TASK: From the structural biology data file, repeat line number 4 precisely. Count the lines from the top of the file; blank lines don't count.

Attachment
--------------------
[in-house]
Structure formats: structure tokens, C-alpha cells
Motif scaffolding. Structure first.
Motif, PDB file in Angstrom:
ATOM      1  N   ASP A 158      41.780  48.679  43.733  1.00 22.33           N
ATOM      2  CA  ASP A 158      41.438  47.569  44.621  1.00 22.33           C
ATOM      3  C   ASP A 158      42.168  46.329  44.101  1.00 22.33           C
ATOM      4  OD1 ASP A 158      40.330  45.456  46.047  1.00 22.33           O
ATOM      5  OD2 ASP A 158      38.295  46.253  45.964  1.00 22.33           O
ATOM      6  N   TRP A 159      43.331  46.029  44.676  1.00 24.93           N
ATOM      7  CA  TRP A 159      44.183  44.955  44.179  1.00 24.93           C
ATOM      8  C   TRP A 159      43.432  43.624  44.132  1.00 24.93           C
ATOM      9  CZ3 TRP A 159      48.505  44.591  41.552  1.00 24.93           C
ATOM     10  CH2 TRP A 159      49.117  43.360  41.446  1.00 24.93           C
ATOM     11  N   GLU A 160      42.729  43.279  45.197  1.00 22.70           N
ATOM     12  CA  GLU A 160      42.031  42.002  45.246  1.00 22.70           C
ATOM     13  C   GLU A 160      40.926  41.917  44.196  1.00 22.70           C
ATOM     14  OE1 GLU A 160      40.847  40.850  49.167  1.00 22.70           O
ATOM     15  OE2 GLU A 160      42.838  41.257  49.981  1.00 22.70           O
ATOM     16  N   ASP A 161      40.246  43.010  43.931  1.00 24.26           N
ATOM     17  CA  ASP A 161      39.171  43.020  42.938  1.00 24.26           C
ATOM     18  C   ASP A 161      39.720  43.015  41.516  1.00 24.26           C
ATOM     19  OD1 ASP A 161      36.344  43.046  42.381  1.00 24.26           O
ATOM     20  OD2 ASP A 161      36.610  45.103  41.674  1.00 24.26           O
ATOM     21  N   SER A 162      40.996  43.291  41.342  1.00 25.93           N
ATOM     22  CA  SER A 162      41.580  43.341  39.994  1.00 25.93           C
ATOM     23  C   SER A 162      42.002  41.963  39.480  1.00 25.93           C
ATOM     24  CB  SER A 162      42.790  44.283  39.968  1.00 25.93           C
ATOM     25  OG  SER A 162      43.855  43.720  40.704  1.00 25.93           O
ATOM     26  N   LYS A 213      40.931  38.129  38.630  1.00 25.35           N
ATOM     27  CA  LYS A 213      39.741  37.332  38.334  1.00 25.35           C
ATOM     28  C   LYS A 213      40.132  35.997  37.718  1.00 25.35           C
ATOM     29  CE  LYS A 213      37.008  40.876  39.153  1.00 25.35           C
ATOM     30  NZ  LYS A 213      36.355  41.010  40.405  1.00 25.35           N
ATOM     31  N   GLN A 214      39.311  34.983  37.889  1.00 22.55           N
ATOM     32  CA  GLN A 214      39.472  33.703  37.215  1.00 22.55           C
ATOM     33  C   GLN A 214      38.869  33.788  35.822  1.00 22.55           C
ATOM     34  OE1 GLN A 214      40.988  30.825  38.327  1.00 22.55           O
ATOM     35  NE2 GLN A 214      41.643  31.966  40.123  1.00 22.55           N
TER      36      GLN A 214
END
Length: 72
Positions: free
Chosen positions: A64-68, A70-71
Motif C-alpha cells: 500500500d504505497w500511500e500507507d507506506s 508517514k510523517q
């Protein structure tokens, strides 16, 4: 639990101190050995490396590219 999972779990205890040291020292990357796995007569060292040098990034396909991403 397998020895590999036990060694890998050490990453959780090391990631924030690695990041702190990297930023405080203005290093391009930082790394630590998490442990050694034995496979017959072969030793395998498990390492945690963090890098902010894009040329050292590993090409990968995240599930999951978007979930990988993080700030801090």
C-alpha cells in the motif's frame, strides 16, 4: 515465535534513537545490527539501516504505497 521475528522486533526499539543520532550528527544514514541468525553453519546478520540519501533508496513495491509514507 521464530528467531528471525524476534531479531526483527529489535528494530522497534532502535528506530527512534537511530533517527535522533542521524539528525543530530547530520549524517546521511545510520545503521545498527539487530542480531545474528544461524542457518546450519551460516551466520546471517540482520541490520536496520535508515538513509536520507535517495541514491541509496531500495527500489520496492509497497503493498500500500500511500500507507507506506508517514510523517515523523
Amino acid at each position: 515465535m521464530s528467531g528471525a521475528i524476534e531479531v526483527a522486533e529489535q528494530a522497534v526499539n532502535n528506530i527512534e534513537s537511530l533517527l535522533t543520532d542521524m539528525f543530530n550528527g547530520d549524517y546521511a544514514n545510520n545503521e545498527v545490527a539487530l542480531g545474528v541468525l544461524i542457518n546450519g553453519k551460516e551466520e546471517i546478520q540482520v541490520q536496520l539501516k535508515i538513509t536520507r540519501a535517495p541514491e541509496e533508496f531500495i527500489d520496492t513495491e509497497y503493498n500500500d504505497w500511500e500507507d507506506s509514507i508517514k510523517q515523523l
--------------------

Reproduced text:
Motif, PDB file in Angstrom: